August 2022
Stand up, speak out
There's a hundreds-year-old epidemic that we don't talk about enough - the violence against native and indigenous women (MMIW). According to the U.S. Department of Justice, Indigenous women are murdered at a rate ten times higher than the national average. At our most recent table talk, we learned that Native American women comprise the most significant percentage of missing and murdered women in our country. So why are we not talking about it?? Is it due to a lack of education surrounding Native and Indigenous peoples? Is it because we feel that it doesn't directly impact us? The answer: it's both.

Since the beginning of our nation's founding, we have robbed Indigenous women of their humanity. Culturally, Native women are leaders and sacred people. However, American society continues to undervalue and disrespect them, literally and metaphorically, for prosperity and capital gain. Federal law has dramatically impacted how local police jurisdictions respond to the handling of missing Indigenous women. It is very much an "out of sight, out of mind" approach.

If we become educated on issues that affect those other than ourselves and take action when something isn't right, we become better as a nation. The silence when something isn't affecting us is complicity. When German pastor Martin Niemöller looked back on his inaction during the beginnings of Nazism, he said:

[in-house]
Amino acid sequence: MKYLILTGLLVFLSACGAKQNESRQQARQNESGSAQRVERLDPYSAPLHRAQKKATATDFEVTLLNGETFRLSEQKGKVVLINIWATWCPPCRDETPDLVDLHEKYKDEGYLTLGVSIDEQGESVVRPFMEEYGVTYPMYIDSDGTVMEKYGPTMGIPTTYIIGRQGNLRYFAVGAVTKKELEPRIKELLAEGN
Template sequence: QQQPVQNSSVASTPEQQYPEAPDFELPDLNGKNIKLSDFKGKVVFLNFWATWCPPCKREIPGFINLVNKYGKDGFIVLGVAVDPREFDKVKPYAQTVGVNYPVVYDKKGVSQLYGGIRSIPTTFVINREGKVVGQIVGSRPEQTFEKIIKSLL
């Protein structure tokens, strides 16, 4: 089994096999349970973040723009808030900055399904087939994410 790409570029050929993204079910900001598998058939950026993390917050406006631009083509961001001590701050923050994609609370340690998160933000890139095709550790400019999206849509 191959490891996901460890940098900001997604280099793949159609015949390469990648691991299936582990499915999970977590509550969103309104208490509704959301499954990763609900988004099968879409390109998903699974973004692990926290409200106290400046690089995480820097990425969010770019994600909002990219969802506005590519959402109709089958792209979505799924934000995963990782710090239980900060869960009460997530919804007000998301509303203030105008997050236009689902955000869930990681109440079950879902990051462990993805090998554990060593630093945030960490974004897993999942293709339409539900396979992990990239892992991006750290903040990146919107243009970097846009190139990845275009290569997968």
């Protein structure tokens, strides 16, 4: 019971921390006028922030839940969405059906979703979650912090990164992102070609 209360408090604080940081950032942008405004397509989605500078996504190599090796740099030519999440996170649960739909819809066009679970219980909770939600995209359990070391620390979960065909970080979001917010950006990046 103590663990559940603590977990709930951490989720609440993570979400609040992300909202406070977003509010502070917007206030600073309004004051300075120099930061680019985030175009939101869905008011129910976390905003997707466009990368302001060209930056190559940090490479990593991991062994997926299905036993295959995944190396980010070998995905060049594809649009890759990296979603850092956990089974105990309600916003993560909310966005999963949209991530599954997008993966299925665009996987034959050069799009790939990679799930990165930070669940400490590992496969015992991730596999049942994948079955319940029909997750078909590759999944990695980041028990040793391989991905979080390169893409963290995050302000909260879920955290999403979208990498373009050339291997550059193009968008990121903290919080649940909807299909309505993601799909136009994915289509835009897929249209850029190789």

First, they came for the socialists, and I did not speak out because I was not a socialist. Then they came for the trade unionists, and I did not speak out because I was not a trade unionist. Then they came for the Jews, and I did not speak out because I was not a Jew. Then they came for me, and there was no one left to speak for me.

Let us all do the work so as not to become complicit.

Join us as we discuss topic ideas for the 2022-2023 Table Talk season!

Friday, August 26, 2022
3:30 PM - 5:00 PM

You must RSVP to Nikki by Friday, August 19th to attend. Location will be provided.

Can't make it in person? Fill out our OTT survey!
We celebrated our award recipients in person this year at our annual Humanitarian Brunch in front of over 250 attendees! It was a beautiful evening spent with the community, honoring the work of these five wonderful individuals!

Humanitarian of the Year: Nancy Williams
Volunteer of the Year: Dr. Bradley Ekwerekwu
Otto Swanson Spirit of Service Award for Partner of the Year: Pamela Duncan
Necessary Trouble: Maddi Intravartolo
Mart Sedky Corporate Leadership Award: Joyce Cooper
This month, we announced our 2022-2023 cohort of LeadDIVERSITY advocates. For the next nine months, this group of leaders will grow both individually and collectively to effect long-term change in DEI work.